We recently adopted a new Shih-tzu/Bichon cross puppy who is four months old. We already have two other Shih-tzu crosses, Toby and Ritz, who are 3 and 5. We’ve been feeding Toby and Ritz separately from the new puppy, Baxter, but he prefers their food to his own. Can we feed Baxter the adult food instead of his own puppy formula?
Congratulations on your new adoption!
Feeding pets of different ages can be difficult. However you may try to feed them separately, some food will inevitably be shared. A little sharing of meals is all right, but age-specific diets are created with age-specific needs. Your puppy, adult, or senior dog may not be getting all the nutrients he or she needs, or may be getting too much, if fed a diet that is not age-appropriate.
Here is a breakdown of how your dog’s dietary needs change from puppy to adulthood:
Puppy foods are typically the highest in calories of all age-category foods. Since your puppy is going through rapid growth, puppy diets are loaded with healthy fats for energy, and more protein for muscle development. Puppy foods also include high levels of calcium for healthy bones and teeth, and higher concentrations of other vitamins and minerals for growth.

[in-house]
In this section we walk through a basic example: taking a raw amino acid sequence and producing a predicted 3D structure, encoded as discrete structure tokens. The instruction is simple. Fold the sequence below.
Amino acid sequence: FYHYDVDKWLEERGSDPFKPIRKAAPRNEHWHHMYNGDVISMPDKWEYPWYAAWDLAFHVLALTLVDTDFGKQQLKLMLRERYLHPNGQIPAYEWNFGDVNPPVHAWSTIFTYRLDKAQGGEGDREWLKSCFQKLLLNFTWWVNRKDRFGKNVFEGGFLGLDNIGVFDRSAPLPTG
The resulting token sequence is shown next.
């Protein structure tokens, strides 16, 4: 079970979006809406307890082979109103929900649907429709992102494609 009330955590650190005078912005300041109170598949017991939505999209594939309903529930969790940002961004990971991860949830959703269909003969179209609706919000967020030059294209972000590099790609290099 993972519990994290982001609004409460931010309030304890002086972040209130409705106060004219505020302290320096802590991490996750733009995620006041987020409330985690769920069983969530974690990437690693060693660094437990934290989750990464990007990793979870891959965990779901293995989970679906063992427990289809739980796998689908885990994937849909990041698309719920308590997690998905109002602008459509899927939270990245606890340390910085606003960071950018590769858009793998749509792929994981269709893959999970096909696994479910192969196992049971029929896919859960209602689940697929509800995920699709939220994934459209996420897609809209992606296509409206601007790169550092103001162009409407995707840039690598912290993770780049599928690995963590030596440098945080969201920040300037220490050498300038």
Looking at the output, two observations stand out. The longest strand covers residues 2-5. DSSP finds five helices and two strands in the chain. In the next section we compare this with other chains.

Older and adult dogs fed puppy formulas can gain excess weight easily, so it is best to keep older dogs away from your puppy’s food. Pregnant or lactating dogs can be fed a quality puppy formula for their increased calorie and nutrient needs.
Adult formulas have lower levels of protein, fats, and carbohydrates than puppy formulas. As adult dogs are finished major growth, their energy requirements are typically lower.
If your puppy or senior dog eats adult dog food occasionally, there is no harm, but long-term, they could be lacking adequate levels of some essential nutrients.
Senior formulas generally have less carbohydrates and fats than adult and puppy formulas, as energy requirements decrease again with age. Protein levels may be higher in senior formulas than adult formulas to prevent muscle atrophy, and promote muscular maintenance. Many high-quality senior formulas also include ingredients such as glucosamine and chondroitin for arthritis, a common condition in aging dogs.
Puppies and adult dogs fed senior formulas are unlikely to receive enough calories for their energy requirements, unless the adult dog is housebound or less active.
It is near impossible to feed pets in the same household without having some food crossover. A little food from the wrong age category is not going to be unhealthy for your pet. However, you should ensure most of your dog s’ dietary needs are satisfied with an age-appropriate food. Most importantly, you should make sure you are feeding all your pets a high-quality food with whole meats or meat meals, hearty whole grains, and nutritious fruits and vegetables high in antioxidants, vitamins, and minerals.
From my family to yours,
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